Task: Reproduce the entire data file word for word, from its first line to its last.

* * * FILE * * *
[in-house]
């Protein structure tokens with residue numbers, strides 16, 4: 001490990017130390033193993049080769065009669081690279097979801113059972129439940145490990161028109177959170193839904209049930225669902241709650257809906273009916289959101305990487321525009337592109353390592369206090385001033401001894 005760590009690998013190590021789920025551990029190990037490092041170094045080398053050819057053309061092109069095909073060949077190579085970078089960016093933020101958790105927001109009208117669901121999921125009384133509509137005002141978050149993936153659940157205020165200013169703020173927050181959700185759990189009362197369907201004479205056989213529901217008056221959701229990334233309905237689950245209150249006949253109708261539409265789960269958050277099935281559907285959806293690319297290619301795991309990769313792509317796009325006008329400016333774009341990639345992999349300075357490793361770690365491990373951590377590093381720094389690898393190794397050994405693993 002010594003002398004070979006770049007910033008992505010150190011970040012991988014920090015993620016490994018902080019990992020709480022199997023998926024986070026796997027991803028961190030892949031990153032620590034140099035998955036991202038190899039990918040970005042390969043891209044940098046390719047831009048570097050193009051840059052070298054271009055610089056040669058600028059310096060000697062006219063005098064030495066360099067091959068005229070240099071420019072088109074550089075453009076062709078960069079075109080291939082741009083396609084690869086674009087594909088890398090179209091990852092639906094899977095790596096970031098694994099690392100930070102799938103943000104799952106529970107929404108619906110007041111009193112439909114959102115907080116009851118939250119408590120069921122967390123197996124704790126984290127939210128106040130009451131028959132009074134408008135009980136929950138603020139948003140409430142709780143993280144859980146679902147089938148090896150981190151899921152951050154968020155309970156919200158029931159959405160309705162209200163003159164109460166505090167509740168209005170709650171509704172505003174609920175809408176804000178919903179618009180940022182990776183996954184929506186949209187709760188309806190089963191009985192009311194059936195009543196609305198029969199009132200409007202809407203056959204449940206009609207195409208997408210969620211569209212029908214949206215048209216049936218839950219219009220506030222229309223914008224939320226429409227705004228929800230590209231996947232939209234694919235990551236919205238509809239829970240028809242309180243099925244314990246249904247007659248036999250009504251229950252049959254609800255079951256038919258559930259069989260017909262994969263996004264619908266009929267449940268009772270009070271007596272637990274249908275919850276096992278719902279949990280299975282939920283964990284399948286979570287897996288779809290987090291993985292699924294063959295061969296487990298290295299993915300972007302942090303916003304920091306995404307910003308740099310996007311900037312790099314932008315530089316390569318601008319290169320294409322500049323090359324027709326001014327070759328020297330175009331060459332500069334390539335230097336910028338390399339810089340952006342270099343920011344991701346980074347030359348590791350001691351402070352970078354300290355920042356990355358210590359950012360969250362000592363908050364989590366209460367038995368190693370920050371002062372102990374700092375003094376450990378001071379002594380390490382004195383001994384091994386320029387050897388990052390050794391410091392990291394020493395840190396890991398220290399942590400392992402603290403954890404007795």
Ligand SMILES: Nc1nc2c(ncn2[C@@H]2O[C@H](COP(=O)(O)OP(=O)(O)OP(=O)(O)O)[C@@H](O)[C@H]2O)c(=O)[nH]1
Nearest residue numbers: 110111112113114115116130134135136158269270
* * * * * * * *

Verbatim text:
[in-house]
């Protein structure tokens with residue numbers, strides 16, 4: 001490990017130390033193993049080769065009669081690279097979801113059972129439940145490990161028109177959170193839904209049930225669902241709650257809906273009916289959101305990487321525009337592109353390592369206090385001033401001894 005760590009690998013190590021789920025551990029190990037490092041170094045080398053050819057053309061092109069095909073060949077190579085970078089960016093933020101958790105927001109009208117669901121999921125009384133509509137005002141978050149993936153659940157205020165200013169703020173927050181959700185759990189009362197369907201004479205056989213529901217008056221959701229990334233309905237689950245209150249006949253109708261539409265789960269958050277099935281559907285959806293690319297290619301795991309990769313792509317796009325006008329400016333774009341990639345992999349300075357490793361770690365491990373951590377590093381720094389690898393190794397050994405693993 002010594003002398004070979006770049007910033008992505010150190011970040012991988014920090015993620016490994018902080019990992020709480022199997023998926024986070026796997027991803028961190030892949031990153032620590034140099035998955036991202038190899039990918040970005042390969043891209044940098046390719047831009048570097050193009051840059052070298054271009055610089056040669058600028059310096060000697062006219063005098064030495066360099067091959068005229070240099071420019072088109074550089075453009076062709078960069079075109080291939082741009083396609084690869086674009087594909088890398090179209091990852092639906094899977095790596096970031098694994099690392100930070102799938103943000104799952106529970107929404108619906110007041111009193112439909114959102115907080116009851118939250119408590120069921122967390123197996124704790126984290127939210128106040130009451131028959132009074134408008135009980136929950138603020139948003140409430142709780143993280144859980146679902147089938148090896150981190151899921152951050154968020155309970156919200158029931159959405160309705162209200163003159164109460166505090167509740168209005170709650171509704172505003174609920175809408176804000178919903179618009180940022182990776183996954184929506186949209187709760188309806190089963191009985192009311194059936195009543196609305198029969199009132200409007202809407203056959204449940206009609207195409208997408210969620211569209212029908214949206215048209216049936218839950219219009220506030222229309223914008224939320226429409227705004228929800230590209231996947232939209234694919235990551236919205238509809239829970240028809242309180243099925244314990246249904247007659248036999250009504251229950252049959254609800255079951256038919258559930259069989260017909262994969263996004264619908266009929267449940268009772270009070271007596272637990274249908275919850276096992278719902279949990280299975282939920283964990284399948286979570287897996288779809290987090291993985292699924294063959295061969296487990298290295299993915300972007302942090303916003304920091306995404307910003308740099310996007311900037312790099314932008315530089316390569318601008319290169320294409322500049323090359324027709326001014327070759328020297330175009331060459332500069334390539335230097336910028338390399339810089340952006342270099343920011344991701346980074347030359348590791350001691351402070352970078354300290355920042356990355358210590359950012360969250362000592363908050364989590366209460367038995368190693370920050371002062372102990374700092375003094376450990378001071379002594380390490382004195383001994384091994386320029387050897388990052390050794391410091392990291394020493395840190396890991398220290399942590400392992402603290403954890404007795």
Ligand SMILES: Nc1nc2c(ncn2[C@@H]2O[C@H](COP(=O)(O)OP(=O)(O)OP(=O)(O)O)[C@@H](O)[C@H]2O)c(=O)[nH]1
Nearest residue numbers: 110111112113114115116130134135136158269270